For example, among the various risk factors to be considered in the app are the characteristics of the device/implant, the type of magnet, the type of study to be performed, the location of the implant/device in the patient relative to where in the MR scan room the various potentially harmful energies may be found, the energies to be transmitted in the MR imaging process and their locations and magnitudes relative to the positioning in the patient, etc. In this fashion, it pursues assessment of all MR-related safety considerations before a conclusion can be reached, and, as with any checklist, almost forces the user to consider all possible harmful interactions before a risk assessment conclusion is provided.
App users are guided methodically through an assessment of all MR safety-related considerations.
The app also has the unique ability to leave a written trail highlighting the answer to every question asked about the patient/device to document precisely how every risk was assessed and managed. It can provide a written record that can be output as a PDF file as written documentation of the thought processes that were considered and managed in the risk-assessment process for any given real or theoretical patient or situation, which can prove helpful whether one is teaching or attempting to document something for a patient's electronic health record.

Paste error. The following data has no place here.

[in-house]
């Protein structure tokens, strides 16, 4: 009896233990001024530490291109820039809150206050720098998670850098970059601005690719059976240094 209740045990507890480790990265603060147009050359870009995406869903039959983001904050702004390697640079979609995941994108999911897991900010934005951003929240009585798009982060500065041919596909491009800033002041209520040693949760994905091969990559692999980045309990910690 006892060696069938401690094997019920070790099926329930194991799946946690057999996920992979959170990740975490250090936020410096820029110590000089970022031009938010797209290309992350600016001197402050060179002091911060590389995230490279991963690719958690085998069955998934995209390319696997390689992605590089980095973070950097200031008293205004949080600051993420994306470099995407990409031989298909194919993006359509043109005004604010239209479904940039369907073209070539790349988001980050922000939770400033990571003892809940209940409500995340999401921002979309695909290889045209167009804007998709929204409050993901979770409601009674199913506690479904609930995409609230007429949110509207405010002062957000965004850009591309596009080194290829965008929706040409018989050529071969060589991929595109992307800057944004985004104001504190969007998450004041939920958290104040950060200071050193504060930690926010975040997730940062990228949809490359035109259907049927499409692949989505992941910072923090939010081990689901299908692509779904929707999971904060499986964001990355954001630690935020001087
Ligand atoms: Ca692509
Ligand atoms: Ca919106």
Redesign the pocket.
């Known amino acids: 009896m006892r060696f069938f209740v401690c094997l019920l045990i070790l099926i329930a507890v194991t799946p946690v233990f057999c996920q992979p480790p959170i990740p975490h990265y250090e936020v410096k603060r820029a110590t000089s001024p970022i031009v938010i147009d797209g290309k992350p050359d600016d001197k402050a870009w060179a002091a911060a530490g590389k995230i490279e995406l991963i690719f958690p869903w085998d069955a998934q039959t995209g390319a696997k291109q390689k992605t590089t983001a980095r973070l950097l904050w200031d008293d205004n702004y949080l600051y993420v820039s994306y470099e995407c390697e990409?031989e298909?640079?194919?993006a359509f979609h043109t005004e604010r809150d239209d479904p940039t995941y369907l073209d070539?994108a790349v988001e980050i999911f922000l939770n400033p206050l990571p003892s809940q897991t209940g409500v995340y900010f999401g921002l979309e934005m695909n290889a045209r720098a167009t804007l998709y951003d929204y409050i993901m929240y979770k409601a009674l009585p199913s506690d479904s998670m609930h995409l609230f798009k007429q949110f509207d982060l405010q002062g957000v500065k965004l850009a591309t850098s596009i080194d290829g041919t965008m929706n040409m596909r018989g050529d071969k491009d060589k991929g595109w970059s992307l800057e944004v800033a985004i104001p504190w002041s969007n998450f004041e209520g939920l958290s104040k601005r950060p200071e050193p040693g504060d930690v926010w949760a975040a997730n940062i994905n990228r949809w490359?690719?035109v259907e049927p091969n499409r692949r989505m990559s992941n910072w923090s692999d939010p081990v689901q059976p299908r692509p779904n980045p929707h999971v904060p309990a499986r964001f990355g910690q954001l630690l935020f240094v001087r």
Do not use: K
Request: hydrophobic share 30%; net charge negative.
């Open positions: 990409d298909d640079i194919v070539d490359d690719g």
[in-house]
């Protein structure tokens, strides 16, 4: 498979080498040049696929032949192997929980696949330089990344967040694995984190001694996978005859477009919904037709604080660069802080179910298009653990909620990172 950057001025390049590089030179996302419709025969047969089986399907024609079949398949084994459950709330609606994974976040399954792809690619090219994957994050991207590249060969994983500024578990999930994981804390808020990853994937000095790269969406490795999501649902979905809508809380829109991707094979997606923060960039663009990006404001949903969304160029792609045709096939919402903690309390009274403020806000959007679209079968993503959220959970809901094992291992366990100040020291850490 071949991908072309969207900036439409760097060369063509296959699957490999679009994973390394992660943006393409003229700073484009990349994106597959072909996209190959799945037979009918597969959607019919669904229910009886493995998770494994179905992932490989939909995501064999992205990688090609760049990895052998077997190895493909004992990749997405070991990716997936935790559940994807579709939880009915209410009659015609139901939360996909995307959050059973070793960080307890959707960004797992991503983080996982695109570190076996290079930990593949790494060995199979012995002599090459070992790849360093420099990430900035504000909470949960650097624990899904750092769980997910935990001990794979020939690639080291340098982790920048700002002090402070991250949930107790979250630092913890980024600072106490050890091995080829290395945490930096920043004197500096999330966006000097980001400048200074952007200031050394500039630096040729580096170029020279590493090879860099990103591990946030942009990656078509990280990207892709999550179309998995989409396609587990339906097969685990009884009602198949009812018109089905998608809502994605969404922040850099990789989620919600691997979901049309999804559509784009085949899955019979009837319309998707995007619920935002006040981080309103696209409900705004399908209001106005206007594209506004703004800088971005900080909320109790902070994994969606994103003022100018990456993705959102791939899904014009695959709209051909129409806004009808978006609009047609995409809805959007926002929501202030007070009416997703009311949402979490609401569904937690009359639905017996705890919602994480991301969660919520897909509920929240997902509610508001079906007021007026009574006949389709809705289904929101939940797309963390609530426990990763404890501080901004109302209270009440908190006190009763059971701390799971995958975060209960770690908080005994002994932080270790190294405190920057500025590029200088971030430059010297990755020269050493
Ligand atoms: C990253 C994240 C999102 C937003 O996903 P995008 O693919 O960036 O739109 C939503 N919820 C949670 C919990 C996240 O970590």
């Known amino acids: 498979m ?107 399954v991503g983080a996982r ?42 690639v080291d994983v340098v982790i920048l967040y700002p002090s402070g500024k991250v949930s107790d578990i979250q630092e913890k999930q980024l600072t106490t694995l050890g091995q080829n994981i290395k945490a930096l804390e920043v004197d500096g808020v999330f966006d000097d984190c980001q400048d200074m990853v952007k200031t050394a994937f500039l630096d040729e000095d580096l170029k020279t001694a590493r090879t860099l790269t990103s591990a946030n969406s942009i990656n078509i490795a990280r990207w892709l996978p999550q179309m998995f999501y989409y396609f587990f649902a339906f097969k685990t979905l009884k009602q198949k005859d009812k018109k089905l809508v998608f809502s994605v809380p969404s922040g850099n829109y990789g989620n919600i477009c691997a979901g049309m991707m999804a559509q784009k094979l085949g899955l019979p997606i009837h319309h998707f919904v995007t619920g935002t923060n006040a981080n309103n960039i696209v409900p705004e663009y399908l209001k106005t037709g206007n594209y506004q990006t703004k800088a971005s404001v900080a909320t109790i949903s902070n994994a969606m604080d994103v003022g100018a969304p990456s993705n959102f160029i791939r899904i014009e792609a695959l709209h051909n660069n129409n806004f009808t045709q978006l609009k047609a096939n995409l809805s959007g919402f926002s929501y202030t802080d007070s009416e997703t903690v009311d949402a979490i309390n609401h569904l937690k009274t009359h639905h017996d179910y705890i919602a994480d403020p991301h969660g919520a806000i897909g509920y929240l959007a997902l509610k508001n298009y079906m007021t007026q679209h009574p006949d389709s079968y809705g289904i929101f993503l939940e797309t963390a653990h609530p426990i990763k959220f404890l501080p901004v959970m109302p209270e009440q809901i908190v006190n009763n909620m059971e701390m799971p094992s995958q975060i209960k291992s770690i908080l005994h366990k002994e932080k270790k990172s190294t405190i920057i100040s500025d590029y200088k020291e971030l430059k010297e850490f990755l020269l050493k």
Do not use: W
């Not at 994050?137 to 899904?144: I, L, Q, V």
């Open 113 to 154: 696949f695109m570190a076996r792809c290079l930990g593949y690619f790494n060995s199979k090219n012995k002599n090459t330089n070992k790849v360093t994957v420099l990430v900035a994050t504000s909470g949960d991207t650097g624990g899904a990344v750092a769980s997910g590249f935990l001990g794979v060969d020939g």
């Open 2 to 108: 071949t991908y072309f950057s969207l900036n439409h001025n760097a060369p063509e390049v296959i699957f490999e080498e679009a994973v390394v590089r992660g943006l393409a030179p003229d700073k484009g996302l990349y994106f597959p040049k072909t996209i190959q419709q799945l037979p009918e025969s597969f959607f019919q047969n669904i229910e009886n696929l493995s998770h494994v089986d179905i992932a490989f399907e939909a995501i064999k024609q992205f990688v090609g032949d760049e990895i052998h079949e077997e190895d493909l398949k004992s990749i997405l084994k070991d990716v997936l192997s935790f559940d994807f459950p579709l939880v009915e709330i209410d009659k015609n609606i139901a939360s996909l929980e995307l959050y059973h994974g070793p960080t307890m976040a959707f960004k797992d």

Further, as educators, we could utilize the app to create a virtually infinite number of real or theoretical patient cases and review how the answers to the questions provided in each case may lead to impressively different conclusions and recommendations for the same patient based on seemingly minor considerations, such as the location of the device in the patient and the field strength of the MR imaging unit to be used. This could thereby assist educators in creating an entire curriculum of potential clinical or research scenarios for students of MR safety.